Are All Instances of Blackface Alike?

Perhaps there is a difference between donning it to mock black people and donning it to resemble someone, as Mark Herring did.

Mark Herring
Aaron Bernstein / Reuters

Virginia Attorney General Mark Herring blacked up his face in 1980 when dressing as Kurtis Blow. Herring admitted what he did and apologized. Virginia Governor Ralph Northam’s yearbook page contains a photo of a man in blackface next to someone dressed as a Klansman. Northam admitted that he was one of the men and apologized, then said perhaps he wasn’t in the photograph at all.

Is it right to treat these two acts in the same way, as unforgivable acts of racism, even white supremacy?

I wonder if we are allowing social progress to detour into a kind of reflexive shaming. I wonder if all blacking up is alike, or if even blackface contains shades of grey.

Perhaps there is a difference between blacking up to mock black people, as the person pictured on Northam’s yearbook page seems to have done, and blacking up in affectionate imitation of a black person, as part of seeking to resemble said person, as Herring did. One indication that the latter is reasonable is that it was common among highly enlightened people in times hardly as removed from ours as Al Jolson and The Birth of a Nation.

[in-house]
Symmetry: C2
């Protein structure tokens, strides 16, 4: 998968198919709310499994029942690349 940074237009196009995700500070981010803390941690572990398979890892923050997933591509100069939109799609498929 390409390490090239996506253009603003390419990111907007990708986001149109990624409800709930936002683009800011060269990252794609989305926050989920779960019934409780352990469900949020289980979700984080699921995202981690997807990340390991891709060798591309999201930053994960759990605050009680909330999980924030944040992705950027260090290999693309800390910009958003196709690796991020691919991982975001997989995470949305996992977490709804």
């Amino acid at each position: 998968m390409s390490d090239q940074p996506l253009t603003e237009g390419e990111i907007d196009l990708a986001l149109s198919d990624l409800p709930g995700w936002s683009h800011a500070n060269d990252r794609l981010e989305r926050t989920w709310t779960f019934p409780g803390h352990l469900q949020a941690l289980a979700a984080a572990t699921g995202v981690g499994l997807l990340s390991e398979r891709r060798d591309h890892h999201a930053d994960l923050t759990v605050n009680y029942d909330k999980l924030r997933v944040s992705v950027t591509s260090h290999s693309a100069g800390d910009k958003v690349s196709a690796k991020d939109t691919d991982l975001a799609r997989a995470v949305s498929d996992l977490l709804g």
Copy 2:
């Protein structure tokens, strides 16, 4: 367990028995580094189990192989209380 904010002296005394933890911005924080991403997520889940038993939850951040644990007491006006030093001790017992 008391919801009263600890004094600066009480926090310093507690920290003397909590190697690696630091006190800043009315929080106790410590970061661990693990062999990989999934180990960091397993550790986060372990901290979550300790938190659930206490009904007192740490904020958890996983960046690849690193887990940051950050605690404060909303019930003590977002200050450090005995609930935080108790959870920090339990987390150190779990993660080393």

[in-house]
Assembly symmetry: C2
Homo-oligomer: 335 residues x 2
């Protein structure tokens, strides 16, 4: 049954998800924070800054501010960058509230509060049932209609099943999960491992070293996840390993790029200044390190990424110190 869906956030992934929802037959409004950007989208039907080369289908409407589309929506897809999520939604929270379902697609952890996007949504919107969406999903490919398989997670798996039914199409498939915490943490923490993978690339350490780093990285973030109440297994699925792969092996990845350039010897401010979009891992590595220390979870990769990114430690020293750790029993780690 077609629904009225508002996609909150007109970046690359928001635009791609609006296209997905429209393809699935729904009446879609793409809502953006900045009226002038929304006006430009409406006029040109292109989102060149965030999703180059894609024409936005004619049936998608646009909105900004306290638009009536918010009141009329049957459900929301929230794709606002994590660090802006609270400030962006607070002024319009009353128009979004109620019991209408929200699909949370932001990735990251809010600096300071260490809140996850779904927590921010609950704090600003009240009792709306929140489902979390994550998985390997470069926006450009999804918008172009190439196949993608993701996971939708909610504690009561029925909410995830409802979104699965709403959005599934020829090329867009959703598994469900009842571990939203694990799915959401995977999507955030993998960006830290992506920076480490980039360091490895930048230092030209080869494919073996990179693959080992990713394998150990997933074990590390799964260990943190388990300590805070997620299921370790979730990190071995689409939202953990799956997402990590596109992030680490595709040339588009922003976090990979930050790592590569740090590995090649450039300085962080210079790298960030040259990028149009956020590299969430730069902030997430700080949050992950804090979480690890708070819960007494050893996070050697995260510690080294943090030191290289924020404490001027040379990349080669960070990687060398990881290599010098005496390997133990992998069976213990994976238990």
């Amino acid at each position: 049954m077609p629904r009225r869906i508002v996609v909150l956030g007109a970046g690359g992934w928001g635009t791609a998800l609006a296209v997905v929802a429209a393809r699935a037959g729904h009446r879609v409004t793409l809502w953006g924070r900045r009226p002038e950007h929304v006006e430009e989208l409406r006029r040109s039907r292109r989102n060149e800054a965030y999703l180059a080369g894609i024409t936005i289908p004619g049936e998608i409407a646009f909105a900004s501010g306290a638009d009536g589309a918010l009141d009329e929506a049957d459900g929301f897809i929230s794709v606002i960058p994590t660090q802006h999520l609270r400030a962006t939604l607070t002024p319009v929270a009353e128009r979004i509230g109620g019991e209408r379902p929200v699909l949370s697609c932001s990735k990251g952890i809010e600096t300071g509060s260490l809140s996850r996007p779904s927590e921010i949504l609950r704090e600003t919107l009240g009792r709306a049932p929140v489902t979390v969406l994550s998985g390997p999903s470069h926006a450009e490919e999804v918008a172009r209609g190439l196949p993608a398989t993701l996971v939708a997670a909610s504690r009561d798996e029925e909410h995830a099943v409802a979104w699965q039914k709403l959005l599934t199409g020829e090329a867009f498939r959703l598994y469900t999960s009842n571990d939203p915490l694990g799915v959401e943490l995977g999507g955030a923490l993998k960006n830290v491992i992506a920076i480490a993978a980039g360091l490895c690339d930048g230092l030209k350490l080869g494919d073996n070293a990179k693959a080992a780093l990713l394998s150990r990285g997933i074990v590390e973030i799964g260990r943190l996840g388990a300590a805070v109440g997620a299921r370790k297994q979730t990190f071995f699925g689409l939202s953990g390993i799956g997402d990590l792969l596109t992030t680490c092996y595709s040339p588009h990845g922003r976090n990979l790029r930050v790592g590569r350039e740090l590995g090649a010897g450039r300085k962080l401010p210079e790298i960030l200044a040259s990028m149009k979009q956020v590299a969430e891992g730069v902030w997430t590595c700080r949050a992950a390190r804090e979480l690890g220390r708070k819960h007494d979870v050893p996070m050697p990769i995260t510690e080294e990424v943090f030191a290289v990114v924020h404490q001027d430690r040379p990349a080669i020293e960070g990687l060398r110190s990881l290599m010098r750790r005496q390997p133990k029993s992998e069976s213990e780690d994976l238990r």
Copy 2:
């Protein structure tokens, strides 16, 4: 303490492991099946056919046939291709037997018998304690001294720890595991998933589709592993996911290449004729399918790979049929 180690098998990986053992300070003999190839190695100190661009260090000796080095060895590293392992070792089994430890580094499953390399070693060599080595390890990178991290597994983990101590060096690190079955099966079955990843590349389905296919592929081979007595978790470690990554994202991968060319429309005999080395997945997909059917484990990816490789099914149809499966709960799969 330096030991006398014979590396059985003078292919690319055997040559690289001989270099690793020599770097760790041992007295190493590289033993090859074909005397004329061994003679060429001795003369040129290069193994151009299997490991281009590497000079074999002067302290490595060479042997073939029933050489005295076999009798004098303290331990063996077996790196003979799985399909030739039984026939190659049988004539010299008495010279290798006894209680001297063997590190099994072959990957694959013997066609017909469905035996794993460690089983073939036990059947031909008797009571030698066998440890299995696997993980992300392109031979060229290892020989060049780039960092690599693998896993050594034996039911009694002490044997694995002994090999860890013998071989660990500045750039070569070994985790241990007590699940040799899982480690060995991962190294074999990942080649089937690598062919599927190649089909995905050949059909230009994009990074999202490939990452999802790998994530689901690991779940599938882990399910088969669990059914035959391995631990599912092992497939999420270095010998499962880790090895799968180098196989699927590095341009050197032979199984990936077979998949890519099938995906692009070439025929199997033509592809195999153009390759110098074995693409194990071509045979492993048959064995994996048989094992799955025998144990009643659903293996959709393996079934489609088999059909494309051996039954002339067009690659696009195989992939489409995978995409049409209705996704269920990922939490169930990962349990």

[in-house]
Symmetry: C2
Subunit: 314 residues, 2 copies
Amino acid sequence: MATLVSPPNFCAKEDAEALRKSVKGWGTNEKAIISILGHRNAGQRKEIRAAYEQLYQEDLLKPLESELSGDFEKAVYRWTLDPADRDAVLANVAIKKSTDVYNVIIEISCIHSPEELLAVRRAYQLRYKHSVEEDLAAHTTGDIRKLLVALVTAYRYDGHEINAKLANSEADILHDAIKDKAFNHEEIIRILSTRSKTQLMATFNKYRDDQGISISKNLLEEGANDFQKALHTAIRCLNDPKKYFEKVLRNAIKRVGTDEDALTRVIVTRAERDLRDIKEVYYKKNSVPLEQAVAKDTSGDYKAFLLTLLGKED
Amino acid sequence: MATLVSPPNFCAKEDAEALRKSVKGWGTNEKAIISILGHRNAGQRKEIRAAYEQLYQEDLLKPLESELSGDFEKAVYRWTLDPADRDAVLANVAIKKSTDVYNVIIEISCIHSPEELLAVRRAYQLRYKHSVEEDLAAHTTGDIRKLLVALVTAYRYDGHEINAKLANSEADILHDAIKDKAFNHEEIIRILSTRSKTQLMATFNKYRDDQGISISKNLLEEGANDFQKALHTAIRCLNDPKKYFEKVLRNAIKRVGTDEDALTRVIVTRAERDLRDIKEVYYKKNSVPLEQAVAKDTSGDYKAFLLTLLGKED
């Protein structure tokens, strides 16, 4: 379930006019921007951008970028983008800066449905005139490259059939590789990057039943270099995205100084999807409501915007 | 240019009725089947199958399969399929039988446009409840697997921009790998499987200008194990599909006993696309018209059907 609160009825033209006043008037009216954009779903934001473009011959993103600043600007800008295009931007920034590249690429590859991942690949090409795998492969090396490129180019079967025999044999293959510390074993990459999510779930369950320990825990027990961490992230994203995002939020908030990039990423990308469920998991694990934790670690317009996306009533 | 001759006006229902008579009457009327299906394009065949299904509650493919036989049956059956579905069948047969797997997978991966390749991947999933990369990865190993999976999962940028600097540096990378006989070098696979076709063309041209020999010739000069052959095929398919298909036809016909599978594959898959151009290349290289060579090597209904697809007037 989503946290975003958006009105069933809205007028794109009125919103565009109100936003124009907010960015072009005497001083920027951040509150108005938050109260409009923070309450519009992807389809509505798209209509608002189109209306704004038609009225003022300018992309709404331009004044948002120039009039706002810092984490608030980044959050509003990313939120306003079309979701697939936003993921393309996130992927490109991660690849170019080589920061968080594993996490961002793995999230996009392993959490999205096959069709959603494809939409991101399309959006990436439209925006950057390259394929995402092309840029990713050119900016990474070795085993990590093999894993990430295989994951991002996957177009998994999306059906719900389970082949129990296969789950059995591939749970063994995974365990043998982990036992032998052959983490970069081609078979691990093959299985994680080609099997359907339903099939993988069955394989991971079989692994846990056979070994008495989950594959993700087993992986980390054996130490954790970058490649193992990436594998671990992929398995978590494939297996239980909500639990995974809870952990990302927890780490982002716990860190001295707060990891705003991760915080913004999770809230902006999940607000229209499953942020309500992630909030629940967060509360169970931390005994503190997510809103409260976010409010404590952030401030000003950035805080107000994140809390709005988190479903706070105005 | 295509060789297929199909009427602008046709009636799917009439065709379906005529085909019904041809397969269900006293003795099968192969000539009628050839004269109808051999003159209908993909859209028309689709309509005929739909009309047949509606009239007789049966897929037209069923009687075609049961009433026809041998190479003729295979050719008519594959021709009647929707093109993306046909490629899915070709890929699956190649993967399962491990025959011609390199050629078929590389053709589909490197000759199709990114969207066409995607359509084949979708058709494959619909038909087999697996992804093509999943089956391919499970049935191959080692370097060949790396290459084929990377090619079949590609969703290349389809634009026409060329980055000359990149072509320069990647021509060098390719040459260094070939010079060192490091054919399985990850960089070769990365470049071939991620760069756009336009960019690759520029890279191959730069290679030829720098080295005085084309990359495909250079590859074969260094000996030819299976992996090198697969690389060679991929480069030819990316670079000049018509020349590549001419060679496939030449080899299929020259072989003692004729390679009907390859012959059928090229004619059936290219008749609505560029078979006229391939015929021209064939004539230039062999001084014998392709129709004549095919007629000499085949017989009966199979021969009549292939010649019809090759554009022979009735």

I think of the early ’80s when Herring dressed as Blow—specifically, 1984, when I was in college at Rutgers University. That Halloween, a friend and I dressed as George and Louise Jefferson. I was Louise (I did a mean Isabel Sanford in my day) and my friend was George. He was white, and as part of his role browned his face. No Afro wig, but still.

We lived in Demarest Hall, an unusual dormitory with hallways dedicated to academic and artistic themes, which was very artsy, bohemian, nerdy, and politically committed in flavor. Needless to say, the political commitments were left and lefter. Demarest of this period is perfectly summoned in Junot Diaz’s novel The Brief Wondrous Life of Oscar Wao, and it was such a community in itself that to live there was essentially to attend Demarest rather than Rutgers.